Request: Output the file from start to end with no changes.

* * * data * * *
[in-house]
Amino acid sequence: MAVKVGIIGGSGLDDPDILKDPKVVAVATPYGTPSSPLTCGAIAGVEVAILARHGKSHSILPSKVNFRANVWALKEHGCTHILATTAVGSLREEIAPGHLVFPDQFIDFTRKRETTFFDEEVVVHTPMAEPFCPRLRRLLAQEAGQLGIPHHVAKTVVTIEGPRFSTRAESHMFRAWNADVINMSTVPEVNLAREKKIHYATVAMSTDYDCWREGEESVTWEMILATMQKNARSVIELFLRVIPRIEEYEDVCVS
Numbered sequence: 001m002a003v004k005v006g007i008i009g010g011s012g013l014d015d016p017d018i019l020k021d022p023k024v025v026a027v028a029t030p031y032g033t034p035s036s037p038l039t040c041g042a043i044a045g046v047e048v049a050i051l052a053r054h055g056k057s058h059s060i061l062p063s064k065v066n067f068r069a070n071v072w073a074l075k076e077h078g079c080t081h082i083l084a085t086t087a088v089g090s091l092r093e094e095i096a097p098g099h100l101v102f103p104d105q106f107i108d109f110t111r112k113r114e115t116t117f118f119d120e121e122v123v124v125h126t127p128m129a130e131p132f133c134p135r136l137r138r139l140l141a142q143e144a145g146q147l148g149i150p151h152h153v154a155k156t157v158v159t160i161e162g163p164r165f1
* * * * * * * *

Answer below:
[in-house]
Amino acid sequence: MAVKVGIIGGSGLDDPDILKDPKVVAVATPYGTPSSPLTCGAIAGVEVAILARHGKSHSILPSKVNFRANVWALKEHGCTHILATTAVGSLREEIAPGHLVFPDQFIDFTRKRETTFFDEEVVVHTPMAEPFCPRLRRLLAQEAGQLGIPHHVAKTVVTIEGPRFSTRAESHMFRAWNADVINMSTVPEVNLAREKKIHYATVAMSTDYDCWREGEESVTWEMILATMQKNARSVIELFLRVIPRIEEYEDVCVS
Numbered sequence: 001m002a003v004k005v006g007i008i009g010g011s012g013l014d015d016p017d018i019l020k021d022p023k024v025v026a027v028a029t030p031y032g033t034p035s036s037p038l039t040c041g042a043i044a045g046v047e048v049a050i051l052a053r054h055g056k057s058h059s060i061l062p063s064k065v066n067f068r069a070n071v072w073a074l075k076e077h078g079c080t081h082i083l084a085t086t087a088v089g090s091l092r093e094e095i096a097p098g099h100l101v102f103p104d105q106f107i108d109f110t111r112k113r114e115t116t117f118f119d120e121e122v123v124v125h126t127p128m129a130e131p132f133c134p135r136l137r138r139l140l141a142q143e144a145g146q147l148g149i150p151h152h153v154a155k156t157v158v159t160i161e162g163p164r165f1